"Mary & # 39; s Testament" in the Theater in der Josefstadt



Painted a thousand times, a thousand times a facet: a woman has never been depicted so often as Mary, the mother of Jesus. Nevertheless, an image dominates the perception: Mary as a pious mother, who bothered for the good of mankind. In his production of Maria & # 39; s Testament & # 39 ;, which has been on show at the Theater in der Josefstadt since Saturday, Elmar Goerden tries to give her voice to the Blessed Mother.

They mock, desperate, deeply sad. Maria, played by Nicole Heesters, is an old woman. Decades after the crucifixion of her son, she has nothing to lose in her exile in the city of Ephesus. That's why she describes what really happened, "then on the hill" and before that. In a one-and-a-half-hour monologue, Heesters tells the audience about their son, whose name does not come from her with pain, about the oppression of his followers and his crucifixion.

Heesters set out on their own in this production of Colm Toibin's thin novel, which was published in the Hamburg Kammerspiele in February. Only two tables flank her, those with household items – potatoes, trough, thermos – empty the other except an apple. Nevertheless, several figures are oppressive. The late husband Josef, symbolized by a wooden chair on the back wall of the room. Two disciples of Jesus, & # 39; watchdogs & # 39; as Maria calls them, who disagree with their secular view of events. The men write in the New Testament and want to record the wonders of Mary's son. And finally, that silent mother of God from the Bible, who never wanted Mary and never wanted to be. As a threat, the characteristic blue cloak is on the podium.

The conversation partners live through the stories of Heester, through their facial expressions, attitude and tone of voice. The actress is only supported by the lighting technique (by Ralf Strobel), which sometimes illuminates parts of the stage in white and gray shades, so that her face looks dark. Another beautiful day: warm, orange light enters the hall and Heesters multiplies gestures as too big shadows on the empty wall behind it.

Nicole Shrubs can be nuanced – a stealthy look on both sides when she uttered something blasphemous, as if she were wondering if the world still existed. She can make big, exuberant gestures, her face red with anger. The piece is written for the 81-year-old, you can tell, there are two who work together with her and the director Goerden who know each other. And even if you buy everything from shrubs, Mary is different. It is not credible that she cares about her son in the first place. The monologue reflects for too long how absurd the actions are attributed to him. How Jesus brought Lazarus to life, or water turned into wine.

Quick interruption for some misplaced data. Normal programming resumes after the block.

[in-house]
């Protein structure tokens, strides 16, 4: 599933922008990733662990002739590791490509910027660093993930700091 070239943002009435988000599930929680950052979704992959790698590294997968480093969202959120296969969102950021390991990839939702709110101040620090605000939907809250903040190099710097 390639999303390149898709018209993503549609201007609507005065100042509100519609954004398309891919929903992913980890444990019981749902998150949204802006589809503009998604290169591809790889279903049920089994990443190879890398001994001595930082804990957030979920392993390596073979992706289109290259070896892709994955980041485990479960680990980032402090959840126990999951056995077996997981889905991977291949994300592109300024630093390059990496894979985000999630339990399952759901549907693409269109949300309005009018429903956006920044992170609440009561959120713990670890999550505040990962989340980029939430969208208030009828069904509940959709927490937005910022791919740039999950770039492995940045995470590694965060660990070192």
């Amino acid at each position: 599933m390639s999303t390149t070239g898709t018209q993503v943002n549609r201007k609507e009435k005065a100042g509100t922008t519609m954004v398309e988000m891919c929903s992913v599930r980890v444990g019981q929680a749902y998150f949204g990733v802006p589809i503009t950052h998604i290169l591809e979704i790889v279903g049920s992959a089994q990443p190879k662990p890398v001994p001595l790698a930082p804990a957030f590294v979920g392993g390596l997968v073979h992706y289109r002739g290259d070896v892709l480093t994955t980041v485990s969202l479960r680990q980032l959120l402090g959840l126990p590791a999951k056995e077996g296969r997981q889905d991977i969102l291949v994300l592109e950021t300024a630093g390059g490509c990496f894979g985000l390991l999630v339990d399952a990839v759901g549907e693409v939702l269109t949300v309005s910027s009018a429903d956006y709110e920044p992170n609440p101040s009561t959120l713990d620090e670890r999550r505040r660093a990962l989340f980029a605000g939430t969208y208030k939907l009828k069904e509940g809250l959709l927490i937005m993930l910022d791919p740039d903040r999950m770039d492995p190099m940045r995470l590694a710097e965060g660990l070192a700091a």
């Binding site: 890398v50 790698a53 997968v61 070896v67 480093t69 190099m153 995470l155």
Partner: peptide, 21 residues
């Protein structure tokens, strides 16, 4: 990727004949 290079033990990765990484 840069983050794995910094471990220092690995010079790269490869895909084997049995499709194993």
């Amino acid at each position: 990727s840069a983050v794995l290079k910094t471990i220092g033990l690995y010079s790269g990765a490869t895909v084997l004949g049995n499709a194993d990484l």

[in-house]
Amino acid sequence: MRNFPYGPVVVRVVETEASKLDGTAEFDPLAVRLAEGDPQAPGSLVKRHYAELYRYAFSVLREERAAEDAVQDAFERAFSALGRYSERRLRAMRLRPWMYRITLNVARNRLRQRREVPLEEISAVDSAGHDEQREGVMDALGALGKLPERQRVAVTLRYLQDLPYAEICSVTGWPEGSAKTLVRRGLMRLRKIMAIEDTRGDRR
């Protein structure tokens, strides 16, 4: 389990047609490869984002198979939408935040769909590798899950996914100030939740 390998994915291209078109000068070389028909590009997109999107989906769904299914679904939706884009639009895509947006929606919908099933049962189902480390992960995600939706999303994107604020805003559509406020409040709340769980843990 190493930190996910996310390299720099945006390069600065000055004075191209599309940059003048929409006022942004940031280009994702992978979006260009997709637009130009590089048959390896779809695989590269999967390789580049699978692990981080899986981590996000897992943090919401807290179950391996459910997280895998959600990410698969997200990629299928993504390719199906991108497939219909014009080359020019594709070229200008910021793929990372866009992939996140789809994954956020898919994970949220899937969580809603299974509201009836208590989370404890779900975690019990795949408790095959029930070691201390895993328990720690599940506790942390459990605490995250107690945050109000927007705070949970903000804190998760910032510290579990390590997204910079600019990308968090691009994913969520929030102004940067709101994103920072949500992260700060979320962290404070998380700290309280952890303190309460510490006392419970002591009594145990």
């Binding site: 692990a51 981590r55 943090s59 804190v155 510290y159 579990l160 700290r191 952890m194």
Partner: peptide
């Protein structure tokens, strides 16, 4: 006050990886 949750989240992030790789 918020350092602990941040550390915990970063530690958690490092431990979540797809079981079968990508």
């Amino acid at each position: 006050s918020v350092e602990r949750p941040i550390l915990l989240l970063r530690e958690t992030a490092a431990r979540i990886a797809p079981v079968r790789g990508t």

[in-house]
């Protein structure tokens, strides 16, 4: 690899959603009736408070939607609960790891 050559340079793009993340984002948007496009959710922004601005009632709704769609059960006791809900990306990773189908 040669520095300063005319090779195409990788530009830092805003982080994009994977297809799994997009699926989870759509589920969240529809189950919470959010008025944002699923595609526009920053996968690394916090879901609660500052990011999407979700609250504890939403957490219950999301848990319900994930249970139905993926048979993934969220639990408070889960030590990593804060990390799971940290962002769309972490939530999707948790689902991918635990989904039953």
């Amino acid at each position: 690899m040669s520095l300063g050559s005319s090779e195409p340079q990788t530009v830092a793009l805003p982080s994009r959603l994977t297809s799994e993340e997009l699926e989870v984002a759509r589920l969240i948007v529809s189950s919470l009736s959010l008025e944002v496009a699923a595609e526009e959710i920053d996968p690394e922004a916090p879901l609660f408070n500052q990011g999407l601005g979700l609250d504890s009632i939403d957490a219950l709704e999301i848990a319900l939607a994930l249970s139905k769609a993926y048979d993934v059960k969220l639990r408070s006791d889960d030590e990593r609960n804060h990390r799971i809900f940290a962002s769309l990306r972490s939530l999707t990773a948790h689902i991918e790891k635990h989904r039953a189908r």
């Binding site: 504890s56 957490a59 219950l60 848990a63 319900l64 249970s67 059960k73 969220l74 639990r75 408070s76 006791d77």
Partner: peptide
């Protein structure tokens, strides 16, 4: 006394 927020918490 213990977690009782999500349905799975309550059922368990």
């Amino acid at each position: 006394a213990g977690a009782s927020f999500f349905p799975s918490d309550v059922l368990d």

The Mary figure is two-dimensional over long distances: whether she mocks the deeds of her son and his followers, or desperately. There is no sense of closeness between her and her son. Her stories are reminiscent of radicalized men, as they read today: they go the wrong way, alienate themselves from their families and believe in the end of the known world order. She stresses again and again that they were only men, "daily losers", dubious figures who could not see a woman in the eye.

The piece tells the story of Mary from a perspective that is probably only considered exceptional in religious education. From a mother who does not understand the naivety and the desire of her environment for simplicity. Mary is a rational woman in a society that speaks about eternal life and miracles. Plots clearly illustrate the different scenes: when the old woman speaks about the crucifixion as "the most embarrassing image people have ever called", or explicitly points out that Jesus is her son of flesh and blood, which she begot with her husband Joseph though you want to convince her otherwise.

"Mary's Testament" questions faith. Not in religion, but in institutions and historiography in general. Maria no longer knows what to remember, she says. Their watchdogs want them to report in a straight line: "to learn a simple lesson from things that are not easy." They want to hear about their mourning at the crucifixion – Heesters talks about horses being sprayed, the smells of the market, tattered rabbits and finally their escape. Their complexity does not fit in with the simple, catchy story of the evangelists.

After ninety minutes the performance ends with the confession of a mother to end her own life compared to that of her son. Only when the Schweinderwerfer Heesters is lit, the initial hesitant applause swells, there are standing ovations. The applause is mainly the actress, then the staging, which also has its length.

(SERVICE – "Mary's Testament" based on the novel by Colm Toibin, director and stage: Elmar Goerden, costumes: Lydia Kirchleitner with Nicole Heesters, a production of the Hamburger Kammerspiele at the Theater in der Josefstadt, Josefstädter Straße 26 , 1080 Vienna on 30 September and on 1, 12 and 13 October, 26 and 27 November, tickets on tel. (01) 42700-300 and on 1, 12 and 13 October, 26 and 27. November, tickets are available at ( 01) 42700-300 and on www.josefstadt.org)

Source: APA


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